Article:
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Professor Margaret Montoya was the lead scholar of a comprehensive American Bar Association initiative that analyzed a broad set of information aimed at advancing racial/ethnic, gender, disability and sexual orientation diversity within the legal profession. The result of the two-year effort, “Diversity in the Legal Profession: Next Steps,” a 68-page report, was released in April.
Information for the report was gathered during regional hearings held in Spring 2009, an online survey conducted January-June 2009, an invitational diversity summit held in June 2009 and a summit follow-up program held at the 2009 ABA Annual Meeting.
Citing 2009 census data, the report notes that Anglos make up about 70 percent of the workforce older than 16, but they represent 89 percent of all lawyers and 90 percent of all judges nationwide.
The report devotes most of its pages to specific recommendations for increasing diversity throughout the various sectors of the profession, with an overarching message that “a diverse legal profession is more just, productive and intelligent because diversity, both cognitive and cultural, often leads to better questions, analyses, solutions and processes.”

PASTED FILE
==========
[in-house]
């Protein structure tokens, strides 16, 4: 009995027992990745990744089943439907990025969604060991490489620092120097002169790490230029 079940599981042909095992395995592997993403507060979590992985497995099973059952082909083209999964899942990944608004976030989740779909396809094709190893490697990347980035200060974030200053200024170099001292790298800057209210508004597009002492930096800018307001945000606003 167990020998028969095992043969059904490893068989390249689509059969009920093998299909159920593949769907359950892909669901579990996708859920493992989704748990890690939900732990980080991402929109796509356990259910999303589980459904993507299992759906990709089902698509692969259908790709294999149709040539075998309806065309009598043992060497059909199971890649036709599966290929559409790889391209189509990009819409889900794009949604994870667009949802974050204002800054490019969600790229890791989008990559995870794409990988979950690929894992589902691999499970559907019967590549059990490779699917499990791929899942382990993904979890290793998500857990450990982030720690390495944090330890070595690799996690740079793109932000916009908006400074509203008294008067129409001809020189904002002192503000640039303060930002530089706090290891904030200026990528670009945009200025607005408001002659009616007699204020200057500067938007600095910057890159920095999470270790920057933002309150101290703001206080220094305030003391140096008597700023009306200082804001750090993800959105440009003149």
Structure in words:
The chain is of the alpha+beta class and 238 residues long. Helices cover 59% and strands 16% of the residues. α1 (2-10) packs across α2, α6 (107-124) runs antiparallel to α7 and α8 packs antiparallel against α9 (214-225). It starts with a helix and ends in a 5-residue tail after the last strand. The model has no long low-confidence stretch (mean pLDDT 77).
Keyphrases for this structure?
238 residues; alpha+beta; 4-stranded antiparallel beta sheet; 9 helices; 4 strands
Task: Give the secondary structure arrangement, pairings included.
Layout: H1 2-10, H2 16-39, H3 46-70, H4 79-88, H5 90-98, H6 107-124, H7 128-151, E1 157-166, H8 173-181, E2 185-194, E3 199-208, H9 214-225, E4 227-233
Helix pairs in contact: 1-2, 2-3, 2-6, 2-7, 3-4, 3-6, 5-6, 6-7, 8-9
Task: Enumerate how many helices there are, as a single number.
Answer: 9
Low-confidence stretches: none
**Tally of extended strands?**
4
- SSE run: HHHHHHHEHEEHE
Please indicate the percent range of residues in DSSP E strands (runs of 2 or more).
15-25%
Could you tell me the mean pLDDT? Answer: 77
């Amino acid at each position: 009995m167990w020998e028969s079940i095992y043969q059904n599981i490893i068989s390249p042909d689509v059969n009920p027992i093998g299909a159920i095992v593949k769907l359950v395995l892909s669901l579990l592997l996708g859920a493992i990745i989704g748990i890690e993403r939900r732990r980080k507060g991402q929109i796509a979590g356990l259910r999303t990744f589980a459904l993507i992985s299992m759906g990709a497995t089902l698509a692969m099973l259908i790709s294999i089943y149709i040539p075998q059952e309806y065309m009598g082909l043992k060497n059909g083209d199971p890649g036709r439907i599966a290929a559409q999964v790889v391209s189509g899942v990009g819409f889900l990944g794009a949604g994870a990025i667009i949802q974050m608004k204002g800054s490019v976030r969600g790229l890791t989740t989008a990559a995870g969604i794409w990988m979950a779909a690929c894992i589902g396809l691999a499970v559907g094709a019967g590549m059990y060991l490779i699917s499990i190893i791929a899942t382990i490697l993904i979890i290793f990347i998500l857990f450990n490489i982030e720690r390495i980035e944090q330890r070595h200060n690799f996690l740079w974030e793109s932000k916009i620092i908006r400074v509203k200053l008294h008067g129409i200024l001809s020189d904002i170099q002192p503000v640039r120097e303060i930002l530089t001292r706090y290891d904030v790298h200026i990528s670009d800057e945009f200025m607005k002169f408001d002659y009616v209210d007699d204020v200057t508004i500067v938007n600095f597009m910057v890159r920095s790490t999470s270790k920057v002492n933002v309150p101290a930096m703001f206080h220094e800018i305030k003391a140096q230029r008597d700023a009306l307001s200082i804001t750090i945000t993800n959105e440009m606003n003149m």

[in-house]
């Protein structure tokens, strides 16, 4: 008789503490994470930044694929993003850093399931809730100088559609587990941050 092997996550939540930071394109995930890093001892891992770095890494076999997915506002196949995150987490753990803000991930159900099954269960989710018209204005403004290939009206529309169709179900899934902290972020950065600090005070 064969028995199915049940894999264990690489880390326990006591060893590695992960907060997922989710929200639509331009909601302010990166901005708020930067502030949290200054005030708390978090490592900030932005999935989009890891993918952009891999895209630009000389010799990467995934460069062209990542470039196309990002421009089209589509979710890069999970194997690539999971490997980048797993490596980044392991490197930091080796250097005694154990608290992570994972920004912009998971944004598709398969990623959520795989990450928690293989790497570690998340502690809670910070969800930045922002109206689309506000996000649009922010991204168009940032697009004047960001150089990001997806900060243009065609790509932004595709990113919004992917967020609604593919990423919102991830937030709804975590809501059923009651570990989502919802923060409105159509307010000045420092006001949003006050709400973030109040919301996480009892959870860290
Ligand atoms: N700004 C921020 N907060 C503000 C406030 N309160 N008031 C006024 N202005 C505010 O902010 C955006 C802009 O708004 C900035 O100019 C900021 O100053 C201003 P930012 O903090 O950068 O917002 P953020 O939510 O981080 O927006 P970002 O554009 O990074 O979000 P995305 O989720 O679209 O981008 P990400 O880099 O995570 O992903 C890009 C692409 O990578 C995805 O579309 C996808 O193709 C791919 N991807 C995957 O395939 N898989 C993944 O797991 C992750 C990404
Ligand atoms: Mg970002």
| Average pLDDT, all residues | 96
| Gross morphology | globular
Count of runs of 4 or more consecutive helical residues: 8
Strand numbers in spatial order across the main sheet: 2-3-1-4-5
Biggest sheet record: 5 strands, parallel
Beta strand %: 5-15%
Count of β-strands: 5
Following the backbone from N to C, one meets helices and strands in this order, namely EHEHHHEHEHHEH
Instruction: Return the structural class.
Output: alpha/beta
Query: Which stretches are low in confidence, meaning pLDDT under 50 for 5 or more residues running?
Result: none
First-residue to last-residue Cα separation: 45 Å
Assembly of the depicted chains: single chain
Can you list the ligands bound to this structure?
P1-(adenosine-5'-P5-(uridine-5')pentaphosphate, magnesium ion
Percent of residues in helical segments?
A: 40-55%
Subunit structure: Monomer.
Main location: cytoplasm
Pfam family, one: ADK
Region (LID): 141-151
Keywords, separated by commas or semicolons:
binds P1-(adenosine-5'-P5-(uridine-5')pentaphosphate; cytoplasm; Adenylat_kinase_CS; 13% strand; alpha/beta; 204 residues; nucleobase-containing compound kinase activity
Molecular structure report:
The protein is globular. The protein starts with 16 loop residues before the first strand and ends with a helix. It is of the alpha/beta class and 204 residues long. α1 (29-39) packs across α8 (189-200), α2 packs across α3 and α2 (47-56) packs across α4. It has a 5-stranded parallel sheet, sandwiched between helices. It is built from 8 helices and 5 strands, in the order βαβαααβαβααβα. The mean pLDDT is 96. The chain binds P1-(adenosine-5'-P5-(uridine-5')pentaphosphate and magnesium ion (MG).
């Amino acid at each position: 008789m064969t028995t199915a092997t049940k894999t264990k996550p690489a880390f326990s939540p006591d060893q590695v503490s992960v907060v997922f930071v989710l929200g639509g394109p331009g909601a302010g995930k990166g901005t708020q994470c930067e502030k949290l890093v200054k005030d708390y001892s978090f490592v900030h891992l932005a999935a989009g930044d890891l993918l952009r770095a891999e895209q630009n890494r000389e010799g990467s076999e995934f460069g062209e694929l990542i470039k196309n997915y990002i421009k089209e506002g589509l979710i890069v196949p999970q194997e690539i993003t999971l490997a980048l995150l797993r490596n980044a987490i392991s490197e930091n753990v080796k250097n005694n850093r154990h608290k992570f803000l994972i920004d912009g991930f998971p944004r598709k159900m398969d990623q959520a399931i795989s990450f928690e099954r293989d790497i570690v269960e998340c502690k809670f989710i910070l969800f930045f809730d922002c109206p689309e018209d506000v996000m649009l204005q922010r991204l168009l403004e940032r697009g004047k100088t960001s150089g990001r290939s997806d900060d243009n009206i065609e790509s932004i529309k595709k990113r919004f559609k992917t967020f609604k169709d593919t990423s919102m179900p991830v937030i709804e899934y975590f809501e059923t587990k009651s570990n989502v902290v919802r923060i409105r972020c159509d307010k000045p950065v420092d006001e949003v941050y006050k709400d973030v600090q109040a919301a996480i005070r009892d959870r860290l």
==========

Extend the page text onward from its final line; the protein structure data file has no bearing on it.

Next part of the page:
From working on the report, Cie Armstead, director of the American Bar Association’s Center for Racial and Ethnic Diversity, learned that diversity is a journey, not a destination. “Diversity must be an integral part of the standard operation of a legal organization. Diversity is here to stay and in this economic downturn, it’s important that the progress already made in diversity not be compromised.”
A key feature of the report is its inclusion of the voices and viewpoints of people from many sectors of the profession. The report emphasizes that diversity requires broad participation and creative partnerships.
In compiling and writing the report, Montoya worked with two young scholars, Tucker Culbertson, a law professor at Syracuse University; and Marc-Tizoc Gonzalez, a practitioner in Oakland, CA, to develop a fresh analysis and bring renewed energy to the task of bringing more under-represented group members into the legal profession.
“I can’t say enough about Margaret’s contribution to this project,” said Armstead. “This whole two-year process could not have had any measure of success without her involvement.
“Even though her primary work has an academic focus, Margaret has full appreciation of the various perspectives of diversity,” she added. “This was invaluable in that she could serve as a bridge between the academics and practitioners. As a result, we could look deep and wide at the issues.”